Economic Theory

The proto-Corbyn years of the 1970s were awful


Trade, Development, and Immigration
During the late 1990s and early 2000s, think tanks such as the IEA had a difficult time. We were told that the argument for the market economy had been won. A so-called neo-liberal hegemony had been created, and even a Labour government had accepted free markets.

Meanwhile, water was being poured into the foundations of our economy. Gordon Brown promoted a huge system of income redistribution that has led to most families with children facing the loss of 70p in every extra pound they earn. There was an enormous increase in the amount of employment regulation and financial regulation. The energy industry was almost renationalised through the back door, with the government once more deciding what types of energy should be produced at what prices, and blunting competition.

The tide has not turned with the Conservative government. It is also expanding financial regulation, intervening more in the labour market and we even have Transport for London wanting to regulate Uber in a way that would have befitted the 1970s Labour government at its worst.

But however bad policy is today, it could be worse. Indeed, two-thirds of people believe that the energy sector should be renationalised, despite a near 30 per cent fall in prices in the period when the government promoted private ownership, deregulation and competition.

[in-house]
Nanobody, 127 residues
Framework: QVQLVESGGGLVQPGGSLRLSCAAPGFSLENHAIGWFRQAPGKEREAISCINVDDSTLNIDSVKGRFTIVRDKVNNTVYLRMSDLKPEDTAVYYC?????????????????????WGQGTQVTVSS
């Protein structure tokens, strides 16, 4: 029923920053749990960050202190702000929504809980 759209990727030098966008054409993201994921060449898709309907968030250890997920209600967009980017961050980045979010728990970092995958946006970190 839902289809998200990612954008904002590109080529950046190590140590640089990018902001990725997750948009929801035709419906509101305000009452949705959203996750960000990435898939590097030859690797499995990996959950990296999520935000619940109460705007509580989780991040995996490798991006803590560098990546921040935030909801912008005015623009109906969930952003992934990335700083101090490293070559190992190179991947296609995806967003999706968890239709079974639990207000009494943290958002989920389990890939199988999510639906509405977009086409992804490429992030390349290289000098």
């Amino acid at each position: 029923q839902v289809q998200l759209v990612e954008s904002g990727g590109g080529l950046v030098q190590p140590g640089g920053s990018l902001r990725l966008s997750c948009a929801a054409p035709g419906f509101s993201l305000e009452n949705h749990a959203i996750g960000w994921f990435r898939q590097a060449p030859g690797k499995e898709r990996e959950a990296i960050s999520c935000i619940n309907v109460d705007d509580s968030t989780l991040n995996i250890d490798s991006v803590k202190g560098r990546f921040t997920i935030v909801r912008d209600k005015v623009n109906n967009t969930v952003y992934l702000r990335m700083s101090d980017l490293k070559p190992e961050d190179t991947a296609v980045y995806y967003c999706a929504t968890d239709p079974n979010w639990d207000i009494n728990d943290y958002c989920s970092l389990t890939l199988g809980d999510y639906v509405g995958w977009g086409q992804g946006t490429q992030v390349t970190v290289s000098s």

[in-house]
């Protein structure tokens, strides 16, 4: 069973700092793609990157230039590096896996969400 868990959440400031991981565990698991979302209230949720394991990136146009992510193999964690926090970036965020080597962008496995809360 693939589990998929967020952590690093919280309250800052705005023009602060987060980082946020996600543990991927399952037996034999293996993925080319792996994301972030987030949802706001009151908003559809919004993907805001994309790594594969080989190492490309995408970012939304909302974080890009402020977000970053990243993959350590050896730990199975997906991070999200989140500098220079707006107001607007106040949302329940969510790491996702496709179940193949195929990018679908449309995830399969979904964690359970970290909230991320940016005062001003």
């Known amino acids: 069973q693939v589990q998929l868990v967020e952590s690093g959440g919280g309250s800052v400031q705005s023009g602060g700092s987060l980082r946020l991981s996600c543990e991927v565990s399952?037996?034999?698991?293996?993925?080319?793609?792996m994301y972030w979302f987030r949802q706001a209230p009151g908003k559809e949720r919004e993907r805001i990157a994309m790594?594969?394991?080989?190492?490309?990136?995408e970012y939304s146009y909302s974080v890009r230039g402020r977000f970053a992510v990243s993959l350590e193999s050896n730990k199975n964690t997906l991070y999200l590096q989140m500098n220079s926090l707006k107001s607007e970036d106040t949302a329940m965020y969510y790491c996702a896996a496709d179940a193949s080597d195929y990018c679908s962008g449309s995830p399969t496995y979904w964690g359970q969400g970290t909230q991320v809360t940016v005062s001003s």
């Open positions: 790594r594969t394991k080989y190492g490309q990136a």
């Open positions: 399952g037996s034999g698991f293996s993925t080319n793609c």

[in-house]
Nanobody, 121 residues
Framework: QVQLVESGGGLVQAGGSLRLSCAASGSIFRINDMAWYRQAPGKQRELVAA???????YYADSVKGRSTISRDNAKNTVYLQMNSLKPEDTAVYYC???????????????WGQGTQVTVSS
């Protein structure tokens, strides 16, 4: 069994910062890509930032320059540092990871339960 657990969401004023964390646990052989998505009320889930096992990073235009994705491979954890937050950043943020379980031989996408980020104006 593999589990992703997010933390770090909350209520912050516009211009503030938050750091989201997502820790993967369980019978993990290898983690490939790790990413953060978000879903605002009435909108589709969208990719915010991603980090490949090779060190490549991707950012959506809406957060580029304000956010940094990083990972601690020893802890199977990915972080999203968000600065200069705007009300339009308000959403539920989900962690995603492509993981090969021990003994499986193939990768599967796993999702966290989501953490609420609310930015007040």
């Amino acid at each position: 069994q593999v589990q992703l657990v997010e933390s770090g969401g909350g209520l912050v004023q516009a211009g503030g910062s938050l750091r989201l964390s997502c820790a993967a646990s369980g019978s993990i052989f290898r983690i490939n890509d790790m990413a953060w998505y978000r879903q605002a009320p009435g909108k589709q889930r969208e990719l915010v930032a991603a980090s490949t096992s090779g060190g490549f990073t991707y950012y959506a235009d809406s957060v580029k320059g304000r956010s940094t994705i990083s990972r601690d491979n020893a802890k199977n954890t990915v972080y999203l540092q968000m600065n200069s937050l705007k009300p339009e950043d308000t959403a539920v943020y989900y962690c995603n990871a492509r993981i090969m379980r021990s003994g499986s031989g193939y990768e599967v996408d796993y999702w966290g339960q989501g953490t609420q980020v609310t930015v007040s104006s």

And we have been reminded of how much worse things could be with a series of policy pronouncements by the new Labour leader, Jeremy Corbyn. Not only does he believe in nationalisation and central planning, he also is willing to countenance the central bank printing money to directly finance government expenditure.

Robert Miller, who many years ago wrote a superb book about the tragedy of exchange controls, has reminded us how bad things could be, in a new co-authored IEA publication. In Britain’s Baker’s Dozen, Miller and Peter Clarke look at 13 of the worst policy mistakes since 1900. Some of them are still with us. The welfare reforms of the early 1900s might ultimately end in financial disaster as the country’s population ages. And our land-use planning system is the main reason why most readers of this column cannot afford to buy a house.